One of the best things any gardener can do is plant a shrub—or two or three or four. From a design point of view, as woody plants, shrubs help form the structure of a garden, and are an essential component of the layered garden—the middle layer between trees and shorter plants. There’s nothing like a mixed shrub border to screen unsightly views, provide color, and form a backdrop for flowers and grasses.

Many people think of a shrub, or a row of shrubs, or hedge, as a place holder, usually a row of non-native, nursery-industry boxwoods, yews, Japanese privet, or the like, possibly with a couple of Japanese barberry or euonymus for color or as accents. We’ve all seen this. In common practice, hedges and bushes are given crew cuts in spring with electric or gas hedge trimmers—tools I sometimes wish had not been invented (see my post “Power Down”): it’s too easy to do too much damage, whether in the interest of expediency, or misguided aesthetics. Why should we make shrubs, with their complex, individual shapes, conform to our simplified notions of squared-off order?

Wise pruning is a subtle art. Someone once said, “ten men with shovels can do well in a week, what one man with a backhoe can do badly in a day.” I say one or two persons with good sharp loppers, hedge trimmers and pruners—wielded mindfully, at the proper time, in accordance with the shrub’s growth habits—can do well in however-long-it-takes, what a “landscaping crew" can never do.

A healthier concept of a shrub would be: a usually-native woody plant whose roots stay involved in the complex soil ecosystem for years, helping to stabilize the soil and manage water; whose branches provide shelter for birds; whose leaves may be larval food for pollinators while conducting photosynthesis, and help build the soil when they fall and decay; whose flowers offer, besides beauty, pollen and nectar to pollinators; whose fruits offer food for birds, small mammals—and us. Such an entity deserves respect.

Everyone living in an urban area, if at all possible, should plant, not a single-species hedge but a mixed shrub border. Using several varieties enhances biodiversity while offering more interest to the eye. If your yard is small, even one or two thoughtfully-placed shrubs will enliven the place. And not just any shrubs, but shrubs native to their own region that offer the full panoply of ecosystem services.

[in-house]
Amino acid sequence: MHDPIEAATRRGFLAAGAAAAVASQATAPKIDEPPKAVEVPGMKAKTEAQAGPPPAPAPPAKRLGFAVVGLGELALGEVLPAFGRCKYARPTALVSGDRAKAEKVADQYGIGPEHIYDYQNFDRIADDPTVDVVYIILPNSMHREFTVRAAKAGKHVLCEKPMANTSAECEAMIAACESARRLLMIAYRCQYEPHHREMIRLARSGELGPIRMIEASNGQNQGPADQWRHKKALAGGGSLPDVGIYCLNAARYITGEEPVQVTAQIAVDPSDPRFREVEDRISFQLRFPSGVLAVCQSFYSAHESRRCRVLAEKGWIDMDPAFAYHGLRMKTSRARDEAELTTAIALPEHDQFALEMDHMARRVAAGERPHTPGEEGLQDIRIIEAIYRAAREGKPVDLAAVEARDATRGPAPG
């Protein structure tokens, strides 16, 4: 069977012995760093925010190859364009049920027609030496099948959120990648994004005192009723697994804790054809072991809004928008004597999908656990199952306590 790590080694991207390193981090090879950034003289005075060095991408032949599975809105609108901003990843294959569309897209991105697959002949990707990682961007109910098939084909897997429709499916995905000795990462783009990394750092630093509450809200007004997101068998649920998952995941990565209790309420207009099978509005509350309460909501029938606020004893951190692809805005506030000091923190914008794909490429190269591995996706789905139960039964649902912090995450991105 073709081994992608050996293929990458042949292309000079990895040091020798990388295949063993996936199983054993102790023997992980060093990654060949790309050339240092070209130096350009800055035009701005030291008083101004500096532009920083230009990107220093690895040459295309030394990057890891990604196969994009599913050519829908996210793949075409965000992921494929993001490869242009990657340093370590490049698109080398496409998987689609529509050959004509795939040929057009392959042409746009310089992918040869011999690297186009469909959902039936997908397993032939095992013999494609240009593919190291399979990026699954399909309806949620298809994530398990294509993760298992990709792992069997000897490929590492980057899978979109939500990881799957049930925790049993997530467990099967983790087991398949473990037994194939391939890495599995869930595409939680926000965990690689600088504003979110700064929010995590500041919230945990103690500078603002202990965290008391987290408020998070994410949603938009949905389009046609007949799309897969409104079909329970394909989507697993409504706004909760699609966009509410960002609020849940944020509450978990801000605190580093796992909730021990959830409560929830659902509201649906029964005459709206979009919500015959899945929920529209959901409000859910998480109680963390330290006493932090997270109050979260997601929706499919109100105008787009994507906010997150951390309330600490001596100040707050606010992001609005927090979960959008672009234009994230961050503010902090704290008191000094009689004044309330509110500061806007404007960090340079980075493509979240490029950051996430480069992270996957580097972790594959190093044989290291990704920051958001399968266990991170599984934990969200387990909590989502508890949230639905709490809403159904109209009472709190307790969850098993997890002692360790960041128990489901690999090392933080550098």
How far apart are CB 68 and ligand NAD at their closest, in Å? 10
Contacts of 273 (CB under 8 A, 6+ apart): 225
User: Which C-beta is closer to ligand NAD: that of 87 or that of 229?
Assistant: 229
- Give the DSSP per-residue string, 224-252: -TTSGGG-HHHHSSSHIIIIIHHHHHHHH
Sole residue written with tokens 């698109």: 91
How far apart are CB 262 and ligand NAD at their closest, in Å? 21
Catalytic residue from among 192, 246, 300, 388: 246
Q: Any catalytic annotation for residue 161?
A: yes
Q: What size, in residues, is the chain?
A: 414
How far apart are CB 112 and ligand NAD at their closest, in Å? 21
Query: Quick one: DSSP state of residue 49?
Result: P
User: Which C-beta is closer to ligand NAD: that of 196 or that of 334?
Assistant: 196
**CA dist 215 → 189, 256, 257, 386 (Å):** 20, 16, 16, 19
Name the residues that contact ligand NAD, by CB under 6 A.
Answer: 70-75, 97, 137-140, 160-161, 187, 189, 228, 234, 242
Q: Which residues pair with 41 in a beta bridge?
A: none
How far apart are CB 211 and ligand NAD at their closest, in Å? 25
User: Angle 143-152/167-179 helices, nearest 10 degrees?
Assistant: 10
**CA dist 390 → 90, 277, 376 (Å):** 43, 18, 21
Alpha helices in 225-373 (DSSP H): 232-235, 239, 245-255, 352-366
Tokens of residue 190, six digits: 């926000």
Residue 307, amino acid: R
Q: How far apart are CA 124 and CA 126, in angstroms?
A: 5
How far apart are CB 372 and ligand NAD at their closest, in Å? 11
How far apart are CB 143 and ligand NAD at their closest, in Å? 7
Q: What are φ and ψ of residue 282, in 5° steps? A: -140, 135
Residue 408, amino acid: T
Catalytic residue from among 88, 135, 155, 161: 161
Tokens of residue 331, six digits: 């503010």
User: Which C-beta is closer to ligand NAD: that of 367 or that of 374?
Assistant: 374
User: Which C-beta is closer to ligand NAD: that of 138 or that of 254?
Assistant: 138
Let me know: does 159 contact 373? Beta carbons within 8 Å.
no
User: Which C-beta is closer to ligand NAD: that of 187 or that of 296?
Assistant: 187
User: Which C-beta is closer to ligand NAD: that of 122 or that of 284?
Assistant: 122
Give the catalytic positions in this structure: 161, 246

Most garden centers offer a limited number of non-native species said to be suitable for a large number of situations. Deciding to go native requires more care to make sure you are choosing species that won't outgrow their spot, and that are adapted to the light, soil and moisture conditions of your yard and garden. The best place to get them would be from a nursery that specializes in native plants. The proprietors are experts, passionate and knowledgeable about their subject, not only about the plants but the ecosystem as well. They can offer good advice about what shrubs might be appropriate to your locale and specific garden situation.

As a gardener with an interest in design, I feel native shrubs, placed in a border where they are allowed to express their shrubby natures and perform as full, functioning parts of the ecosystem, are wholly beautiful. Not only that, but they help the gardener garden in his or her local, regional style, avoiding the McLandscape look. And if you can beat the robins to the serviceberries, you can make some tasty jam.

Resources: My two favorite nurseries for shrubs in my region are Prairie Moon, which ships healthy, bare-root stock, and Possibility Place, which you call and then go pick up your container-grown or bagged stock. Both are reputable, reasonably priced and sell all natives all the time.

Related Posts:
An Excellent, Timeless Book
The Three Best Things to Do for Birds in Your Backyard